Public Relations Journal is a free, web-based, open-access, quarterly academic journal presented by the Public Relations Society of America and the Institute for Public Relations dedicated to offering the latest public relations and communication-based research. In June 2017, IPR combined its “Research Journal of IPR” with the PRSA “PR Journal.”

Volume 15: Issue 1 (April 2022)

 

Editor's Introduction

Hilary Fussell Sisco, Ph.D., APR
Editor-in-Chief

Welcome to Volume 15 Issue 1 of Public Relations Journal, our first issue of 2022.  These past two years have been incredibly difficult on our discipline and our profession.  We would like to thank all our contributors, supporters, and reviewers for their time and effort to bring new ideas and rebuild our focus as we enter this next chapter of our society.  Public Relations Journal is unique in its ability to weave the ideas of academia with the outcomes of the profession, and we know that this bridge is upheld by the community that makes up its foundation.

In the first article, A Test of PR Students’ Ability to Differentiate Native Advertising from Editorial Content in Online Media, Dr. Lori Melton McKinnon, Dr. Jami A. Fullerton & Dr. Alice Kendrick addresses media literacy in public relations education with interesting findings for the implementation of native advertising.  The educational focus is encouraging for the incoming class of public relations graduates to the field.

Dr. Danielle LaGree & and Dr. Katie Olsen’s article, How young women in PR leverage proactivity behaviors for professional acclimation and advancement, explores the importance of early career socialization and its impact on career trajectories.  Implications for those training future professionals as well as those mentoring young women entering the field are explained.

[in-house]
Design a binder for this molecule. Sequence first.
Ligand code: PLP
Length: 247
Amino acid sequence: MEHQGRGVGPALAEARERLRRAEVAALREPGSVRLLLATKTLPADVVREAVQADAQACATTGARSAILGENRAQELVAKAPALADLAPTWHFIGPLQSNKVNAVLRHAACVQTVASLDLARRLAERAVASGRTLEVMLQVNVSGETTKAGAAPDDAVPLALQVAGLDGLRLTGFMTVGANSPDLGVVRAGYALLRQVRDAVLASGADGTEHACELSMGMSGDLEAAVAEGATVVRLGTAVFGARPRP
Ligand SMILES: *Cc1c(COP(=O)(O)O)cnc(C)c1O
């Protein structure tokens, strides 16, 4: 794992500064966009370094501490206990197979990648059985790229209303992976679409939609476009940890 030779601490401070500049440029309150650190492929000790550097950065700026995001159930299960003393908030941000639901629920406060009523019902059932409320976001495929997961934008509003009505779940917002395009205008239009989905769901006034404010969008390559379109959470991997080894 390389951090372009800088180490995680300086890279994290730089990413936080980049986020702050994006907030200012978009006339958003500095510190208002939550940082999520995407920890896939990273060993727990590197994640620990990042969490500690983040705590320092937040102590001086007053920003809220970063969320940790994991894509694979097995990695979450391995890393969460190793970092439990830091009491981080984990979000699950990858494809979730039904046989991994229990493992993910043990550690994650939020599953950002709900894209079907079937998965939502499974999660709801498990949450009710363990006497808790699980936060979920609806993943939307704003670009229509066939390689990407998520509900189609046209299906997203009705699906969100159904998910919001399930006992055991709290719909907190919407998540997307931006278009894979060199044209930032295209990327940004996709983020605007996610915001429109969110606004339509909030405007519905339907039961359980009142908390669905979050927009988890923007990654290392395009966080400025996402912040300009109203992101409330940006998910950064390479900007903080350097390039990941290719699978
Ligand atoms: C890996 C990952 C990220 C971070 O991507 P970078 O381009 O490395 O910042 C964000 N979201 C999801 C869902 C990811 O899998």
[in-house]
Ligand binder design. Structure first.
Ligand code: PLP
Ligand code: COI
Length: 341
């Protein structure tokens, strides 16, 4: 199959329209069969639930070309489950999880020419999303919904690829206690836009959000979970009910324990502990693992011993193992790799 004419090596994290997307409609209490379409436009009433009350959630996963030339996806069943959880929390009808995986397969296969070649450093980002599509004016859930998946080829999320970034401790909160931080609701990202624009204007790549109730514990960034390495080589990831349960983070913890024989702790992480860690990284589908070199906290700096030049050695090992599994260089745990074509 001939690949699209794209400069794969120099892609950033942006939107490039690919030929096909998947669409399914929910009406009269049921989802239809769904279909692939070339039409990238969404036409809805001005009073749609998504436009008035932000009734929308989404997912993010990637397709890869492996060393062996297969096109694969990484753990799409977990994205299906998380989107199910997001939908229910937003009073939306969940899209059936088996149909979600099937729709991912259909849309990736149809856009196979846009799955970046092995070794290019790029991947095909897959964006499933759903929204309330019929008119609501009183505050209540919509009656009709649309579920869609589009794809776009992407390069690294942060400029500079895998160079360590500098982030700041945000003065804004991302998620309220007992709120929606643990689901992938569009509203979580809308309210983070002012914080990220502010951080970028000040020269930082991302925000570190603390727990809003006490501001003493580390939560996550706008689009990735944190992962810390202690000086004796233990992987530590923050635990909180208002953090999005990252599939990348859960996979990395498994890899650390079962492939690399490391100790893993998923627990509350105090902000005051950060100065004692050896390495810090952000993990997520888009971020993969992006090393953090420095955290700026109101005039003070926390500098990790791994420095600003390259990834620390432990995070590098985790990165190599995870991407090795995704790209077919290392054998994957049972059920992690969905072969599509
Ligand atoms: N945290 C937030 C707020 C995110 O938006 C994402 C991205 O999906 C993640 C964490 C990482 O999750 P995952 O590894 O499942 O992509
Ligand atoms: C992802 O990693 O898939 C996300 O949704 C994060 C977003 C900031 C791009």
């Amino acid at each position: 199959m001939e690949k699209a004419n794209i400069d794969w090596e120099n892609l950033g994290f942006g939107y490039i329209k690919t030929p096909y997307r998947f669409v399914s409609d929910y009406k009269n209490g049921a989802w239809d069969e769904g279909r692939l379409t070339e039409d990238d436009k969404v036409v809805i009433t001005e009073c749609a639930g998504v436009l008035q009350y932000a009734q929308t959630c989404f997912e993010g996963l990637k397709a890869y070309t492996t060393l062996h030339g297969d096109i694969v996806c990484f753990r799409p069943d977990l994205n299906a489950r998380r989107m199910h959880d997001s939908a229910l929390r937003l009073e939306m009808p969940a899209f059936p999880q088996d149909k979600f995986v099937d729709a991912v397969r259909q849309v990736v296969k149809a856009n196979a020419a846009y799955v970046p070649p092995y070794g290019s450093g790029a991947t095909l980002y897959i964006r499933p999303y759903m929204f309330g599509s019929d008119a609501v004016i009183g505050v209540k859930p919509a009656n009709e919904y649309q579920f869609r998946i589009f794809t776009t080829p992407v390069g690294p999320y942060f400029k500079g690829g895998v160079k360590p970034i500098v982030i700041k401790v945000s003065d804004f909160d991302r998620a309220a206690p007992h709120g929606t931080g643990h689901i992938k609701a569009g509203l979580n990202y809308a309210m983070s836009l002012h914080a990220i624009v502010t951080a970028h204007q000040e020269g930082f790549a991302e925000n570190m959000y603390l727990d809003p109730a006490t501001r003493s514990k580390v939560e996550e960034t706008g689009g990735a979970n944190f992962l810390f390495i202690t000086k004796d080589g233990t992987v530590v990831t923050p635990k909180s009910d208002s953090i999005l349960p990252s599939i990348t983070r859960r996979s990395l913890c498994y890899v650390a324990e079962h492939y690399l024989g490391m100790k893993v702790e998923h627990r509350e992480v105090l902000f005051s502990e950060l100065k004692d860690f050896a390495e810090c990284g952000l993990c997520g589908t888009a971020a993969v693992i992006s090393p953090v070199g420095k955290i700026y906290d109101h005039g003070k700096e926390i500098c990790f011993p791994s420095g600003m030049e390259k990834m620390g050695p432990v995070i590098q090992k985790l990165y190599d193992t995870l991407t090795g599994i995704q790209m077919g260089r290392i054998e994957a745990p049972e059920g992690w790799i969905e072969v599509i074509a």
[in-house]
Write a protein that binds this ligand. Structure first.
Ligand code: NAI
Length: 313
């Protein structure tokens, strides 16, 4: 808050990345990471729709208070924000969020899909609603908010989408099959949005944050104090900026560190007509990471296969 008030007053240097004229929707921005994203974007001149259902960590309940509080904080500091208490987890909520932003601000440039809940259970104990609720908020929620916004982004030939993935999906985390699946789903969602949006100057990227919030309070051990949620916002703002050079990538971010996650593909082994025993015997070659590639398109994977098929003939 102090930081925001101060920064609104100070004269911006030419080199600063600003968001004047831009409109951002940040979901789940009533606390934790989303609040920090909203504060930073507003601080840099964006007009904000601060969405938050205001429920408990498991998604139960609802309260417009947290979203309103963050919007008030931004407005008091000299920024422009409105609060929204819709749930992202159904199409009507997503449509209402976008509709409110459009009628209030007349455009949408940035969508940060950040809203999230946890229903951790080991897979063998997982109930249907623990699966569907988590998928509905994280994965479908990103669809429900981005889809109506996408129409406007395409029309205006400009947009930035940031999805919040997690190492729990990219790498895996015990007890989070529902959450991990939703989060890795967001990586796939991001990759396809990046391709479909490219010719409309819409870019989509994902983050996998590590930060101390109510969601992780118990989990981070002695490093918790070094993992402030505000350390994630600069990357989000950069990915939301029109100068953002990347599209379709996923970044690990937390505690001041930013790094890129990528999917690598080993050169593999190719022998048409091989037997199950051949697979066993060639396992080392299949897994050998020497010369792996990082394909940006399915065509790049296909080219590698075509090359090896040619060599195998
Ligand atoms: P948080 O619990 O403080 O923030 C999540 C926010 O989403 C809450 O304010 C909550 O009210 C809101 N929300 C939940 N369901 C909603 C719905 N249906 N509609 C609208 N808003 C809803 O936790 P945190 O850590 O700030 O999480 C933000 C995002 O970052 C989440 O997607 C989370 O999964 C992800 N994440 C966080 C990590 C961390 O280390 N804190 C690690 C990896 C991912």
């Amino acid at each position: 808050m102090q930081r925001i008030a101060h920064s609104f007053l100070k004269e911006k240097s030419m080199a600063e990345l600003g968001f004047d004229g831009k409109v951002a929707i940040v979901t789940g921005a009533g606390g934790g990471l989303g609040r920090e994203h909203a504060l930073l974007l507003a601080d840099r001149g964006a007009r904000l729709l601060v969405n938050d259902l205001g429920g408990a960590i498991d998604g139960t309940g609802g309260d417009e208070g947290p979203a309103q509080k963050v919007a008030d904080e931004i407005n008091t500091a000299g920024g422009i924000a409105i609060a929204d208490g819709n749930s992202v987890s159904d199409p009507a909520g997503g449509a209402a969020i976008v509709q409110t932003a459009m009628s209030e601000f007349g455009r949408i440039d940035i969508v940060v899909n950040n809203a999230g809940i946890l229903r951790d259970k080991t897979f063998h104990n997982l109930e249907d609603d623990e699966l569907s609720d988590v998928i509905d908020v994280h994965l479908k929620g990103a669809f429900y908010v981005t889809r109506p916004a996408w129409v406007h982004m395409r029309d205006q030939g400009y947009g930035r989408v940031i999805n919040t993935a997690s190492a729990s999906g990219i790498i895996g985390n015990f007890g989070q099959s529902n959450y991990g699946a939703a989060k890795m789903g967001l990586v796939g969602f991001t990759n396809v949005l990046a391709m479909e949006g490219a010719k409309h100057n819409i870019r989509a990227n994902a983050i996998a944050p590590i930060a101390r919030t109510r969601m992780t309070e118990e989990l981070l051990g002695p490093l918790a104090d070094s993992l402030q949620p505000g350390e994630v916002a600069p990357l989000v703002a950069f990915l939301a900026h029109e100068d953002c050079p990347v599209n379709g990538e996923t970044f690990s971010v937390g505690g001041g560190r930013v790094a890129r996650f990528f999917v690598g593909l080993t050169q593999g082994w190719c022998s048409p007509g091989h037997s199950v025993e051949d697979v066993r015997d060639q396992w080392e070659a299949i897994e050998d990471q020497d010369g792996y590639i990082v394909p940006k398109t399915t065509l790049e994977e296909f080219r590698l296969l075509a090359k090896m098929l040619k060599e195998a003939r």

Finally, in Female CCO Beliefs on Leadership Traits of CCOs, Dr. Breann E. Murphy utilizes leadership to explore the traits female CCOs believe are necessary for their roles.   The identification of transactional and transformational leadership styles and their fit for the advancement of women is helpful for the profession moving forward.

I would like to extend my deepest thanks to the following reviewers for their service on this issue:

Lois Boynton, Ph.D., UNC-Chapel Hill
Carolyn Kim, Ph.D., Biola University
Marlene Neill, Ph.D., Baylor University
Denise Hill, Ph.D., Elon University
Matt Ragas, Ph.D., DePaul University
Christopher Wilson, Ph.D., Brigham Young University

Thank you for reading and for your support for Public Relations Journal.

Hilary Fussell Sisco, Ph.D., APR
Editor-in-Chief

 

 

A Test of PR Students' Ability to Differentiate Native Advertising from Editorial Content in Online Media

Lori Melton McKinnon, Ph.D., Oklahoma State University
Jami A. Fullerton, Ph.D., Oklahoma State University
Alice Kendrick, Ph.D., Southern Methodist University

 

How Young Women in PR Leverage Proactivity Behaviors for Professional Acclimation and Advancement 

Danielle LaGree, Ph.D., Kansas State University
Katie Olsen, Ph.D., Kansas State University

 

 

 

Female CCO Beliefs on Leadership Traits of CCOs

Breann E. Murphy, Ph.D., Jacksonville State University